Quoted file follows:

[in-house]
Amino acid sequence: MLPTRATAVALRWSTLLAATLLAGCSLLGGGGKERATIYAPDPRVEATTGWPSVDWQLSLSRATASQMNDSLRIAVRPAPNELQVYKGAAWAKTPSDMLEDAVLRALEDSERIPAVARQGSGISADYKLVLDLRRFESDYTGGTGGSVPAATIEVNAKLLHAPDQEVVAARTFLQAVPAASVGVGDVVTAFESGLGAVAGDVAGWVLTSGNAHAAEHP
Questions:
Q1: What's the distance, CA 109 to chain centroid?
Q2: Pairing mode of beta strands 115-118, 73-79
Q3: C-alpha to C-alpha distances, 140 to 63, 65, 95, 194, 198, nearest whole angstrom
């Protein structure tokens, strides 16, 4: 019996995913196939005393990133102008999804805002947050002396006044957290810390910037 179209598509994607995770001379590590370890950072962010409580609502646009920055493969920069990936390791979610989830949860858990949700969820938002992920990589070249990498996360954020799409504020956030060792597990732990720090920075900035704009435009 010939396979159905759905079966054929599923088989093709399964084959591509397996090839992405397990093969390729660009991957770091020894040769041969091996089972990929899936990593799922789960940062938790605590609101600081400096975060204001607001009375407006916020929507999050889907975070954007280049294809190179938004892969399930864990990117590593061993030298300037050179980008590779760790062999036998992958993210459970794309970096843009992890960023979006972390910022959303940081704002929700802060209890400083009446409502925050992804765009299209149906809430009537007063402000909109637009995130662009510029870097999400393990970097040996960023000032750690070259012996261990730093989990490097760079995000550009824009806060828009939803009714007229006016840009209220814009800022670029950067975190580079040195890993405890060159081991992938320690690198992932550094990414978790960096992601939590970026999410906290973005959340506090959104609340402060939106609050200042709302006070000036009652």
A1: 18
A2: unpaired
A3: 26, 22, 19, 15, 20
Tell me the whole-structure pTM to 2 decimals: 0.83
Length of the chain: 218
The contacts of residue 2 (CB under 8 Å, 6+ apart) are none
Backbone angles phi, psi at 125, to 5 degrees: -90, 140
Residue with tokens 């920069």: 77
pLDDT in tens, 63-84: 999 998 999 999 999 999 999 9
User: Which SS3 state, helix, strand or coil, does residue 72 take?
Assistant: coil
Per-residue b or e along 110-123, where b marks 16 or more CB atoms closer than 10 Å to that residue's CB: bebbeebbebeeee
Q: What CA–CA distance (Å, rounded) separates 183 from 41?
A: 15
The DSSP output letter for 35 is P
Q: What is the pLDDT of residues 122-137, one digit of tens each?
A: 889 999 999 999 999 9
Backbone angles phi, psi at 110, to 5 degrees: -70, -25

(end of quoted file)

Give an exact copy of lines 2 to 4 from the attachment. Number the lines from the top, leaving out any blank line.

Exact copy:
Amino acid sequence: MLPTRATAVALRWSTLLAATLLAGCSLLGGGGKERATIYAPDPRVEATTGWPSVDWQLSLSRATASQMNDSLRIAVRPAPNELQVYKGAAWAKTPSDMLEDAVLRALEDSERIPAVARQGSGISADYKLVLDLRRFESDYTGGTGGSVPAATIEVNAKLLHAPDQEVVAARTFLQAVPAASVGVGDVVTAFESGLGAVAGDVAGWVLTSGNAHAAEHP
Questions:
Q1: What's the distance, CA 109 to chain centroid?